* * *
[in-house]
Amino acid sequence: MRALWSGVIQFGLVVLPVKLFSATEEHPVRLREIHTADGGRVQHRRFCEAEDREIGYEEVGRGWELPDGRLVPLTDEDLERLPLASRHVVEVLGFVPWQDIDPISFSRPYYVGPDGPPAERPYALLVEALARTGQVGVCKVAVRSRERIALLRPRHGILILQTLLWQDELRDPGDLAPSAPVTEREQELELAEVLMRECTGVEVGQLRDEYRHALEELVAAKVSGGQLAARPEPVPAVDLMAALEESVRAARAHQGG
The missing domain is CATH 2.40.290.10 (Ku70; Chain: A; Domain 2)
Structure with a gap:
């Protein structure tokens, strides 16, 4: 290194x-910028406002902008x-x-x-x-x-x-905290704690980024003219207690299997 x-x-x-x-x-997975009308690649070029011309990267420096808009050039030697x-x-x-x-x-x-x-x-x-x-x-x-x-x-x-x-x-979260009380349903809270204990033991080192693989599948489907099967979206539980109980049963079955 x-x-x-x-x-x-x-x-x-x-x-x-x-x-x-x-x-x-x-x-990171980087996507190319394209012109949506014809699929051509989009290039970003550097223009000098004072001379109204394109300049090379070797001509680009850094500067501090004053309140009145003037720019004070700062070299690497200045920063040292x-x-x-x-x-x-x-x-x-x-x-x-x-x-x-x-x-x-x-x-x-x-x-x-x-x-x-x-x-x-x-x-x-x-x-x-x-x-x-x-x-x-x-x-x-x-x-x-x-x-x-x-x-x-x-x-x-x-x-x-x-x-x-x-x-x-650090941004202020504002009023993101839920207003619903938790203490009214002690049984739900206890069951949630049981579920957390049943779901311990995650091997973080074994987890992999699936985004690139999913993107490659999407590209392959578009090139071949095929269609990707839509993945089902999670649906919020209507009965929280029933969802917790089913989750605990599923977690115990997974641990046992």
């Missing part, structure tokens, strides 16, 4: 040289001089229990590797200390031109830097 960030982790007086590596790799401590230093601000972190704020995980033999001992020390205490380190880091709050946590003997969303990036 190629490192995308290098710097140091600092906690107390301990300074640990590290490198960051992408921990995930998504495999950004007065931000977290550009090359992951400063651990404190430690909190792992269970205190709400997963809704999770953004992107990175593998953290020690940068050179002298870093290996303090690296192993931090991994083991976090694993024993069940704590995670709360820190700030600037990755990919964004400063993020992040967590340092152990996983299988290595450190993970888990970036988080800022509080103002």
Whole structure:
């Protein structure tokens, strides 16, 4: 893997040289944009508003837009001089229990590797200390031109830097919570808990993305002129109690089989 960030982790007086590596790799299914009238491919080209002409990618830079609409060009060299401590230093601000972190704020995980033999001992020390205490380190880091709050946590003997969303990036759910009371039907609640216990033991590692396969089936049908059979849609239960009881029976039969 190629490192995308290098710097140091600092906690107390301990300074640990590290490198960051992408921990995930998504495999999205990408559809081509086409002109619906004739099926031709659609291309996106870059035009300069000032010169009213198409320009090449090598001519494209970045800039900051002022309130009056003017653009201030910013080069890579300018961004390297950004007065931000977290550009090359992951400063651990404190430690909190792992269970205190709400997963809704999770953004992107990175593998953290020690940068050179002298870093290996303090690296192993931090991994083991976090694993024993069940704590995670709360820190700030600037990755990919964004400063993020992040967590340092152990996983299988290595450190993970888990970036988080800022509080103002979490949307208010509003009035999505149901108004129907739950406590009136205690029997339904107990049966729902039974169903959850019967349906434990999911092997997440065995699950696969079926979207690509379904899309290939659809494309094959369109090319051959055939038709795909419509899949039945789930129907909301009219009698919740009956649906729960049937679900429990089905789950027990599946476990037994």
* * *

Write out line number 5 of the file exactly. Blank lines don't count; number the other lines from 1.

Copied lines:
């Protein structure tokens, strides 16, 4: 290194x-910028406002902008x-x-x-x-x-x-905290704690980024003219207690299997 x-x-x-x-x-997975009308690649070029011309990267420096808009050039030697x-x-x-x-x-x-x-x-x-x-x-x-x-x-x-x-x-979260009380349903809270204990033991080192693989599948489907099967979206539980109980049963079955 x-x-x-x-x-x-x-x-x-x-x-x-x-x-x-x-x-x-x-x-990171980087996507190319394209012109949506014809699929051509989009290039970003550097223009000098004072001379109204394109300049090379070797001509680009850094500067501090004053309140009145003037720019004070700062070299690497200045920063040292x-x-x-x-x-x-x-x-x-x-x-x-x-x-x-x-x-x-x-x-x-x-x-x-x-x-x-x-x-x-x-x-x-x-x-x-x-x-x-x-x-x-x-x-x-x-x-x-x-x-x-x-x-x-x-x-x-x-x-x-x-x-x-x-x-x-650090941004202020504002009023993101839920207003619903938790203490009214002690049984739900206890069951949630049981579920957390049943779901311990995650091997973080074994987890992999699936985004690139999913993107490659999407590209392959578009090139071949095929269609990707839509993945089902999670649906919020209507009965929280029933969802917790089913989750605990599923977690115990997974641990046992």